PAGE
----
The ability of a paper to resist a perpendicularly applied force, such as that in the splitting of an ink film, to its surface before picking or rupturing occurs.
TACK (Grab)(Quick Adhesion)(Quick Stick)(Touch-Tack)1. Surface “stickiness” to touch, as in pressure sensitive adhesives designed to adhere on contact, in other adhesives in various stages of drying, and in flock adhesives to which flock is to be applied. A state of ability to adhere; 2. The relatively low splitting force of ink.
Any coating or ink that is not sticky to touch after curing or drying.
An additive used to improve stickiness of an adhesive film.
Instrument used to measure the tackiness of materials by pressing two surfaces together under a known weight for a given time period, and then using a steadily increasing force to separate them.
A treated cloth used to remove dust or other foreign material from the surface of the substrate, stencil or photofilm (particularly plastics) prior to use in printing.
A surface having a sticky feel on touching, such as pressure sensitive adhesive ink that may not be completely dry, etc.
TRAP, or LAP REGISTER
The overlapping of a narrow strip–the lap–of one color over another at their juncture to make it easier to fit the colors together on the press.
TRAPPING OF INKS
The property of a printing ink that makes it possible to superimpose one color on another, both in wet and dry printing; may be used to obtain a third color which is a combination of the two applied, or to hide the first by overprinting the second with an opaque color.
A black or very dark gray waxy substance which repels water. Available in liquid or solid crayon form, it is used to manually draw design on the screen printing fabric to make a printing screen.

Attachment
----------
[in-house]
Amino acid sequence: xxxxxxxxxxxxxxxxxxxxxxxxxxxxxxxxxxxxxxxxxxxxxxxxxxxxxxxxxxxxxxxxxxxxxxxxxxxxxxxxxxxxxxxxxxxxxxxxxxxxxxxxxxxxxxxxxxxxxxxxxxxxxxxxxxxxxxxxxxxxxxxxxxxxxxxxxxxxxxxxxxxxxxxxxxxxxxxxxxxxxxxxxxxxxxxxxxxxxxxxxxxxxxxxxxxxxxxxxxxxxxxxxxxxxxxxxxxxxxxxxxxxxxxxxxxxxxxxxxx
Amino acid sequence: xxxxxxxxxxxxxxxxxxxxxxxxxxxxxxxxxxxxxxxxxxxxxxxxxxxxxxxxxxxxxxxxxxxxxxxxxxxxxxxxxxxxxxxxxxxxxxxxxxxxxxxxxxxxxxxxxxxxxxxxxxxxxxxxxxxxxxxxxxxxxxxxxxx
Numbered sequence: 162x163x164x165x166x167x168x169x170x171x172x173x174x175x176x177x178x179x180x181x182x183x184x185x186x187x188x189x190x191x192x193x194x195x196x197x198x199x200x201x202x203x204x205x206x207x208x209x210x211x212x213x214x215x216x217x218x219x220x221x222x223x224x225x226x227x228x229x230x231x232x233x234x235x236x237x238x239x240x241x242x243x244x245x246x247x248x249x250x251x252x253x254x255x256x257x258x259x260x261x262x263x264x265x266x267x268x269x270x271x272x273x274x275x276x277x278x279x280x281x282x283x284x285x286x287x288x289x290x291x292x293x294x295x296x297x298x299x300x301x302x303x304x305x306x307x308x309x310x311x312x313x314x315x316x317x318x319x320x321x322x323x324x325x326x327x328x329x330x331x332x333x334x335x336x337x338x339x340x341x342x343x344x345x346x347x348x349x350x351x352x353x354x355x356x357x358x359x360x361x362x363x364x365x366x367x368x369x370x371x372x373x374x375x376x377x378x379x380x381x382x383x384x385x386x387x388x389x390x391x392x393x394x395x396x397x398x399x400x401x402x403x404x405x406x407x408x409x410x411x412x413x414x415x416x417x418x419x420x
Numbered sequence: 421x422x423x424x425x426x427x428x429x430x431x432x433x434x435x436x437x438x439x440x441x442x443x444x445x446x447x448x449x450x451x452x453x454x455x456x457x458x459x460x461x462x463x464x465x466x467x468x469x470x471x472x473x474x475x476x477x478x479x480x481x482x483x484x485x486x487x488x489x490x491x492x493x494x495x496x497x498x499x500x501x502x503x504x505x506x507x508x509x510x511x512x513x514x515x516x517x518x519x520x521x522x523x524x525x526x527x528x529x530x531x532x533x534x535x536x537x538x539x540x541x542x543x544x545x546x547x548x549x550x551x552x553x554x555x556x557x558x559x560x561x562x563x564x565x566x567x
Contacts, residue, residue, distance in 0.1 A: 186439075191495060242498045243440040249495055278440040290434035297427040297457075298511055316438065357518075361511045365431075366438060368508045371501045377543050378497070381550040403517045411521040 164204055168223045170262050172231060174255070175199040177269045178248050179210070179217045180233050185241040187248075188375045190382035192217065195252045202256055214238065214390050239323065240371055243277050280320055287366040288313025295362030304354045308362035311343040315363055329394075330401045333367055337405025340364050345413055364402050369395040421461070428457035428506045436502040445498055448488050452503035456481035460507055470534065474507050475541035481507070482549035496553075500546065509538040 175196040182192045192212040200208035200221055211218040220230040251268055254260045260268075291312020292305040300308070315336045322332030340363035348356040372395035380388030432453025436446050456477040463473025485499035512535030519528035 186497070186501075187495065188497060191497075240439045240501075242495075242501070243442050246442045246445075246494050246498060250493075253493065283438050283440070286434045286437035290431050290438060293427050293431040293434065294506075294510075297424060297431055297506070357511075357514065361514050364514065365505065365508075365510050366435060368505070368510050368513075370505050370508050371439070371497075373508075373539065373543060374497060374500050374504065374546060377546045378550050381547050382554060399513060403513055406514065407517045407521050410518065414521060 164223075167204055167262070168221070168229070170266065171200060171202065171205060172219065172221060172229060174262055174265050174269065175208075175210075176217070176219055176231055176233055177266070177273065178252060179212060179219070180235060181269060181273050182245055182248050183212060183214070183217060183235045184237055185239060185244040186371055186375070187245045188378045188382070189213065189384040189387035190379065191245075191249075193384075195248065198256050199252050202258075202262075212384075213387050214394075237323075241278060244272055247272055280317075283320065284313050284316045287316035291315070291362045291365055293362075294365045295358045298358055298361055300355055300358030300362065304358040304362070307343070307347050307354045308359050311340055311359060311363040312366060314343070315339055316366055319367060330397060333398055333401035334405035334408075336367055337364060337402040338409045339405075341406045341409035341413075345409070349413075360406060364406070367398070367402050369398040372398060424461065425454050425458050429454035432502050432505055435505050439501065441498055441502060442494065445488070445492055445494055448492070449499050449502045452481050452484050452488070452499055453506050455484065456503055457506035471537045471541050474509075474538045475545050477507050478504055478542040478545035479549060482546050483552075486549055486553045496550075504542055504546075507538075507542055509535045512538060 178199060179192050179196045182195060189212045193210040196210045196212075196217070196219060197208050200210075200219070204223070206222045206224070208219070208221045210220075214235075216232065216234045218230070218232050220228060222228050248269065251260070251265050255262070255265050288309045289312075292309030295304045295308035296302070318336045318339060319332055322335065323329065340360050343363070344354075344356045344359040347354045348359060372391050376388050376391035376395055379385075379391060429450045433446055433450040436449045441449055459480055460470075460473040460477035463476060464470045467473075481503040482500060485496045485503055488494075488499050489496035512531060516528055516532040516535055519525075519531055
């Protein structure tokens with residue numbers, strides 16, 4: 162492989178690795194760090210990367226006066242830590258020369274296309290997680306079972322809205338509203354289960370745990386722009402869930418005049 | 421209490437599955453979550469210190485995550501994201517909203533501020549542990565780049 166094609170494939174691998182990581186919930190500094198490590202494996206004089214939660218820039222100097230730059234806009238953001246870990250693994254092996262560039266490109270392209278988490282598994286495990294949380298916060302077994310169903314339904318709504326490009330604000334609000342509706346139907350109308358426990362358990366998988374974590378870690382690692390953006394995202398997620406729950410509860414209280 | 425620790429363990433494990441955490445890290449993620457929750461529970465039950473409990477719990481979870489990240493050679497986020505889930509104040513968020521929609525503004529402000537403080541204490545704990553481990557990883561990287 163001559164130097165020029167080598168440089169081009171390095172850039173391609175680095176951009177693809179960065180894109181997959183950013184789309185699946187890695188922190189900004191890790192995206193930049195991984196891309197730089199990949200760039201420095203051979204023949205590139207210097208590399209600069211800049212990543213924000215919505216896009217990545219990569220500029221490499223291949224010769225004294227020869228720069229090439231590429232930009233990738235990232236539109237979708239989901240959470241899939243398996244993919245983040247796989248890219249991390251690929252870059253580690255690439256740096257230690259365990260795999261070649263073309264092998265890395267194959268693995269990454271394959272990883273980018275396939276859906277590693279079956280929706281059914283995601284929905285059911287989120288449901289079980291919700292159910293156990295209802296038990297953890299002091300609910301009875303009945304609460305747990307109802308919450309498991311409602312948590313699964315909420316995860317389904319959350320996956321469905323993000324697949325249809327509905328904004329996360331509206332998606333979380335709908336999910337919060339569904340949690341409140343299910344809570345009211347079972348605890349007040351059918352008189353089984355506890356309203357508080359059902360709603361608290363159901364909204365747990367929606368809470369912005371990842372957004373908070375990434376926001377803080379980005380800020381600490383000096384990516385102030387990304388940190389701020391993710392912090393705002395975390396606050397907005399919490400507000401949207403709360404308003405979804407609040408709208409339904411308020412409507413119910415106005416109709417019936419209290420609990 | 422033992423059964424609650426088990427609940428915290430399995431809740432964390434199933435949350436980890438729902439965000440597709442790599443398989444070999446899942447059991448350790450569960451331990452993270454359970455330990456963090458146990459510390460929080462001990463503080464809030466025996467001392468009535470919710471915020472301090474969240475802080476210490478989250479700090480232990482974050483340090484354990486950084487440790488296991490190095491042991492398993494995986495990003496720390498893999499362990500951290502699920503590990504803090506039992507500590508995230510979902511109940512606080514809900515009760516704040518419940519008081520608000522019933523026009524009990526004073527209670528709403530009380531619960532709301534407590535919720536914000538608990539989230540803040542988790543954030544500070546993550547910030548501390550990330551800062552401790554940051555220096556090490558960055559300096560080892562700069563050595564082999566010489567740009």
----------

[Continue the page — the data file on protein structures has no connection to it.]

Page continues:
TUSCHE-GLUE PRINTING SCREEN
A printing screen made manually by drawing desired design on the mounted, properly stretched screen printing fabric with tusche, squeegeeing a coating of water soluble glue on one side, then dissolving the tusche with mineral spirits. The tusche having been placed where the stencil is to print; when washed out leaves the open stencil design.
Polymerization effected by the presence of ultraviolet rays.
ULTRAVIOLET DRYING SYSTEM
Any system which utilizes ultraviolet rays to effect the drying or curing process of inks, coatings or adhesives. More correct term is Ultraviolet Curing System.
Highly energetic part of the electromagnetic spectrum of rays falling between 200 and 400 nanometer wavelengths, which are shorter than that of visible light. Carbon arc lamps, black light and mercury vapor lamps are examples of artificial sources of ultraviolet light used by the screen printer.
A chemical compound which when mixed with a thermoplastic resin, selectively absorbs ultraviolet rays.
The first section of flexographic and rotogravure presses.
Abbreviation for Ultraviolet Light.
Refers to screen printable inks which are chemically formulated to polymerize under exposure to intense ultraviolet light.
A solution or suspension of resins in a liquid vehicle capable of forming a decorative and/or protective coating as the vehicle dries by oxidation.
A process whereby a sheet, usually printed or unprinted paper, paperboard or similar substrate is coated with a film forming liquid.
A machine used for varnishing paper cardboard or similar stock.
A decal designed to be applied to a surface by means of a coating of varnish applied at the time just preceding placement of the decal.
The fluid portion of screen printing ink which acts as a carrier for the pigment.